Skeletal muscle metabolic dysfunction in obesity and metabolic syndrome.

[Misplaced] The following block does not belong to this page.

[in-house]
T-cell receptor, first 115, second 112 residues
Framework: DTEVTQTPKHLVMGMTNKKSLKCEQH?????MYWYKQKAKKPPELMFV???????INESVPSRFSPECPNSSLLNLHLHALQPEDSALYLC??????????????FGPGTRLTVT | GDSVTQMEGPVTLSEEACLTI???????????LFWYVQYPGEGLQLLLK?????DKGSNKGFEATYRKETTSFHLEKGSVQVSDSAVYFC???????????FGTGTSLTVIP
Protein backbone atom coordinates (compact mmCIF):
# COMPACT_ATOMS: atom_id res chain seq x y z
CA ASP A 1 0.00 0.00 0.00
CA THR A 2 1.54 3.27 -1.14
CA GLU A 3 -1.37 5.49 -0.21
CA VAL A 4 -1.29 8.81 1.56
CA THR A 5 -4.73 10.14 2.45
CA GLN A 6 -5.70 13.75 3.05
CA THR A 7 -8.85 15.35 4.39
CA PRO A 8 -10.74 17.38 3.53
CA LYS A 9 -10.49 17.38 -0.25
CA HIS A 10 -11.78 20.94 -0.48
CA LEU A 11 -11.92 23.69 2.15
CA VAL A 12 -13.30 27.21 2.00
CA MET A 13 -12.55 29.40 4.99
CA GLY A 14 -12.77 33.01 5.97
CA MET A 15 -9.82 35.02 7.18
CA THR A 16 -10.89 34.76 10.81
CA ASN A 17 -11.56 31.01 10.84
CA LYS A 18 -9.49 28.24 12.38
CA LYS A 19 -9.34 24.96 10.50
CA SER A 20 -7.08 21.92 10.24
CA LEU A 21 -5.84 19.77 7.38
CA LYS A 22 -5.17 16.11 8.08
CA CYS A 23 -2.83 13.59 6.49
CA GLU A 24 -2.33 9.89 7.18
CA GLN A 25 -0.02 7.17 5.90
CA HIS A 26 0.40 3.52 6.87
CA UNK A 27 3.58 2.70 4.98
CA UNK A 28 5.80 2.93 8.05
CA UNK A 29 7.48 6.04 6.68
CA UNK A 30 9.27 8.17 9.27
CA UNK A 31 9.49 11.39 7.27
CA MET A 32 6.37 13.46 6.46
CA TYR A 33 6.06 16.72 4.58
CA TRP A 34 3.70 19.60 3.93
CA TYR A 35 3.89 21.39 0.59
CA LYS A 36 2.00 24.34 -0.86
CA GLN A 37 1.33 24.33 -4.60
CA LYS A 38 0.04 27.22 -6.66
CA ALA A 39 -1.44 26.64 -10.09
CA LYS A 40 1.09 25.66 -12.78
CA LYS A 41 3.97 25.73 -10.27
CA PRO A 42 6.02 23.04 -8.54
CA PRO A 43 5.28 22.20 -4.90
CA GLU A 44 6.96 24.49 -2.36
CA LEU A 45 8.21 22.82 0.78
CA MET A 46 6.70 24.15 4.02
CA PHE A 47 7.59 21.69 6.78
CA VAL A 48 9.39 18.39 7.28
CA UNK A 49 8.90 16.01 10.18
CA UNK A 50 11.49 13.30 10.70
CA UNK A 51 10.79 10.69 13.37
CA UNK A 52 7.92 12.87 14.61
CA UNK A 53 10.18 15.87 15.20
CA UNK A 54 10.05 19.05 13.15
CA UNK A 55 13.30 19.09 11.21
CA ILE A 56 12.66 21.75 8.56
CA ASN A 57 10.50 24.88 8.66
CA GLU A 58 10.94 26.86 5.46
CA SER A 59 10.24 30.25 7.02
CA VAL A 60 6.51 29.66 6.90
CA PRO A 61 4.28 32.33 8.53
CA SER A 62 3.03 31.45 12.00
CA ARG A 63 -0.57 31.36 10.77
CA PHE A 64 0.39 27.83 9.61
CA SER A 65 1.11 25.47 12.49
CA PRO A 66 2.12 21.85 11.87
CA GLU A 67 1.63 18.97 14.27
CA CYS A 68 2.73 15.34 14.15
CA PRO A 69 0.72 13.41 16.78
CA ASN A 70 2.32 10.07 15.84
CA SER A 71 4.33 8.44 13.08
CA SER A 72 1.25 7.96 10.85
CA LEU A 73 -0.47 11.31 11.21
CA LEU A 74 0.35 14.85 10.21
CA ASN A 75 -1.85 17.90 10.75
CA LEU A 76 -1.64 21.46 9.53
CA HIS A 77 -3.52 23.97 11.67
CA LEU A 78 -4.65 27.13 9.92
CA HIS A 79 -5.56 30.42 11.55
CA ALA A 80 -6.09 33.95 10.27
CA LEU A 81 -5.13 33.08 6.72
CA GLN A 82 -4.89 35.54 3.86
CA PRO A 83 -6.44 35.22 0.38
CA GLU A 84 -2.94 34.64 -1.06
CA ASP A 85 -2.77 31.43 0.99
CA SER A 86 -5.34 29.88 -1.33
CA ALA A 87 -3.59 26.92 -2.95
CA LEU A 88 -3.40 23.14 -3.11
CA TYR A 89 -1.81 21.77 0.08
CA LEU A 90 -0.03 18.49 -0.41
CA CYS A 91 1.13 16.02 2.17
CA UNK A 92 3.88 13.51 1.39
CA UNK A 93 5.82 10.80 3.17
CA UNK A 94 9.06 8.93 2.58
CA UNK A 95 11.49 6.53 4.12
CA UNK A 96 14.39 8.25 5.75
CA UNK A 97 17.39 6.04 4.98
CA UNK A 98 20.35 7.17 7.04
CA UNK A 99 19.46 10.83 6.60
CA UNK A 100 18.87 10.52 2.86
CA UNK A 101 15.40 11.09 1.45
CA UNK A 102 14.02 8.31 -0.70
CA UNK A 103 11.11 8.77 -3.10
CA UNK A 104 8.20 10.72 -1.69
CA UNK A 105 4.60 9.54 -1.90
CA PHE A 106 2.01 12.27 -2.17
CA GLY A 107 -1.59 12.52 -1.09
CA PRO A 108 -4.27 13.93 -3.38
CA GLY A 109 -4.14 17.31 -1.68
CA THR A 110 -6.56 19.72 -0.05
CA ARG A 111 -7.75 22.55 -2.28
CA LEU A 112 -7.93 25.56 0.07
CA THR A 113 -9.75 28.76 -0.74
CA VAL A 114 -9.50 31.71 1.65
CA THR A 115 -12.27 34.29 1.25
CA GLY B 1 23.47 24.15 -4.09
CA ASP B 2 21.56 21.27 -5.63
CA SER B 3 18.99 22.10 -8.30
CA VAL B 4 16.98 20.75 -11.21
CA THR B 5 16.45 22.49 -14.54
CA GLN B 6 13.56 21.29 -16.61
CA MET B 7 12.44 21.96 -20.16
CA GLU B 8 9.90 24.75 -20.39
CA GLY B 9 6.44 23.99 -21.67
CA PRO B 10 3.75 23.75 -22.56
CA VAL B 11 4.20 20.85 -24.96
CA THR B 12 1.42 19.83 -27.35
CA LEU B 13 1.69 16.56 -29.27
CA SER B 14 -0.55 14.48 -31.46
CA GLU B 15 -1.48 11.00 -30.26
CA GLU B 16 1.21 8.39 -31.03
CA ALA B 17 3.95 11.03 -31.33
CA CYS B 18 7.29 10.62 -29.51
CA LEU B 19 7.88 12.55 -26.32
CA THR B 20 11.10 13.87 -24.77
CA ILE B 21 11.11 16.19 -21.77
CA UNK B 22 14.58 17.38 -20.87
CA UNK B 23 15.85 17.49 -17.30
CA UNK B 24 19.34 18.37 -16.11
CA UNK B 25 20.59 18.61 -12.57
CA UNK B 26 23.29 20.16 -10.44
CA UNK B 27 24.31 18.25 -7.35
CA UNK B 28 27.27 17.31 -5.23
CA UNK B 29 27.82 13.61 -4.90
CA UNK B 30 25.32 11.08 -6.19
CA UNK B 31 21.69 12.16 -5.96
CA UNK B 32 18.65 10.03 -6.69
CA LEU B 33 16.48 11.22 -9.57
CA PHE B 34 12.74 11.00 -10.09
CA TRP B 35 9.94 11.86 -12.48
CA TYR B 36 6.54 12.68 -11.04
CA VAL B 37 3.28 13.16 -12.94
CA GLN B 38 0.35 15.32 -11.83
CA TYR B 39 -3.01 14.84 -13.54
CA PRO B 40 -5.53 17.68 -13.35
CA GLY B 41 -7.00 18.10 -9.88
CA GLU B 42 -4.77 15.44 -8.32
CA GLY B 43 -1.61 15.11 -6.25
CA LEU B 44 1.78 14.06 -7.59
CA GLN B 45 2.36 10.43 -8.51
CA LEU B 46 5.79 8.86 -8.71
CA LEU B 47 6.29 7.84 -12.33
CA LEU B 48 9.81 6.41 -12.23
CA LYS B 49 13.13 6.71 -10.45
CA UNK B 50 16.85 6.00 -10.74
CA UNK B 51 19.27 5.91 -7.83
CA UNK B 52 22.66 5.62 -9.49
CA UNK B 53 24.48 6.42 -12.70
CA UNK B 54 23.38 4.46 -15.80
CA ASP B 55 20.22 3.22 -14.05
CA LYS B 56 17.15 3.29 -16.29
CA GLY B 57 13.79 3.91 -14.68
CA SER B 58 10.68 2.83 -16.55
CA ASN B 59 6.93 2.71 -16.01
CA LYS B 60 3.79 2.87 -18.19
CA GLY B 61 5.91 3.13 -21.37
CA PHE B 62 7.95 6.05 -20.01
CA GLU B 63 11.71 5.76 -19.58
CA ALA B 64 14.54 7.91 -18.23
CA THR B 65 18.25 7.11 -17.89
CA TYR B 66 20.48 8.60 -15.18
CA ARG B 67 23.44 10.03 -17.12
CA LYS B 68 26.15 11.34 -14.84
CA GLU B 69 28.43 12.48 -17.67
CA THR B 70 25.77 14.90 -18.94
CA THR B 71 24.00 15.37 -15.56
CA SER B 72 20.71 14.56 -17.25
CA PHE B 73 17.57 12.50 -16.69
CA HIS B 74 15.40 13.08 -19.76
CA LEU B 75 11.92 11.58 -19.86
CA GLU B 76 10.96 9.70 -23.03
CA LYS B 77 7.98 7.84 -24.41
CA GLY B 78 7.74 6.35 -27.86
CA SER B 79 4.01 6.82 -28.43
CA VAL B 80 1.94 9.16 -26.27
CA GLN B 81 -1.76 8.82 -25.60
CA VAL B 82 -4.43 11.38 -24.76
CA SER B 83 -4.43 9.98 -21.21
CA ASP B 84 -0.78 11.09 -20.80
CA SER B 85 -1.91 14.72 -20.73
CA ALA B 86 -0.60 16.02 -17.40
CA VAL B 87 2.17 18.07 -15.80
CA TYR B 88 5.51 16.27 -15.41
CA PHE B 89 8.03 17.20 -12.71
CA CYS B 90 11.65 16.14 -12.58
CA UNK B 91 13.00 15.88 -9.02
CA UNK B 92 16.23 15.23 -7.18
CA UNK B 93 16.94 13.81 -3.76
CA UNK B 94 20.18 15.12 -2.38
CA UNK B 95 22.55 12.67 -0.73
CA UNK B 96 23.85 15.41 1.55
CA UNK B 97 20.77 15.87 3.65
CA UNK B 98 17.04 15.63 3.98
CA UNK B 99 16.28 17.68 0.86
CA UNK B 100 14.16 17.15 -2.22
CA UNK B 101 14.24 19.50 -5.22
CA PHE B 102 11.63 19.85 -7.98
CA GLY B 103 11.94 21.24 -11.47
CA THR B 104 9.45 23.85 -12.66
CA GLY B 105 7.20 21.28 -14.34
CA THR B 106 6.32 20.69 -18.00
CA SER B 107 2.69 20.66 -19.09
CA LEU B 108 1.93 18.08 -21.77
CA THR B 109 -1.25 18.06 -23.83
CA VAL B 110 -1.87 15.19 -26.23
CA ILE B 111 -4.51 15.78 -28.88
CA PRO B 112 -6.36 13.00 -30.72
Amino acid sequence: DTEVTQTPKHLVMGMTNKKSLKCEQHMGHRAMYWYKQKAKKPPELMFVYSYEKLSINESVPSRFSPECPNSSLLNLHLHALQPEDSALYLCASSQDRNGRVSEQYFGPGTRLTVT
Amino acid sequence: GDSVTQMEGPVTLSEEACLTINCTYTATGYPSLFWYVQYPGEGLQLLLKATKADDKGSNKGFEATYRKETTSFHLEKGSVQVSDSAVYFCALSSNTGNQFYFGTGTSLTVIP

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Obesity and the related metabolic syndrome have become a worldwide epidemic. Inactivity appears to be a primary causative factor in the pathogenesis of this obesity and metabolic syndrome. There are two possible, perhaps not mutually exclusive, events that may lead to intramyocellular lipid accumulation and mitochondrial dysfunction in patients with obesity. First, obesity, with high intake-associated lipid accumulation in muscle may interfere with cellular mitochondrial function through generation of reactive oxygen species leading to lipid membrane peroxidative injury and disruption of mitochondrial membrane-dependent enzymes. This in turn leads to impaired oxidative metabolism. Secondly, a primary defect in mitochondrial oxidative metabolism may be responsible for a reduction in fatty acid oxidation leading to intramyocellular lipid accumulation as a secondary event. Non-invasive techniques such as proton (1H) and phosphorus (31P) magnetic resonance spectroscopy, coupled with specific magnetic resonance imaging techniques, may facilitate the investigation of the effects of various ergometric interventions on the pathophysiology of obesity and the metabolic syndrome. Exercise has positive effects on glucose metabolism, aerobic metabolism, mitochondrial density, and respiratory chain proteins in patients with metabolic syndrome, and we propose that this may be due to the exercise effects on AMP kinase, and a prospective physiological mechanism for this benefit is presented. A physiological model of the effect of intramyocellular lipid accumulation on oxidative metabolism and insulin mediated glucose uptake is proposed.
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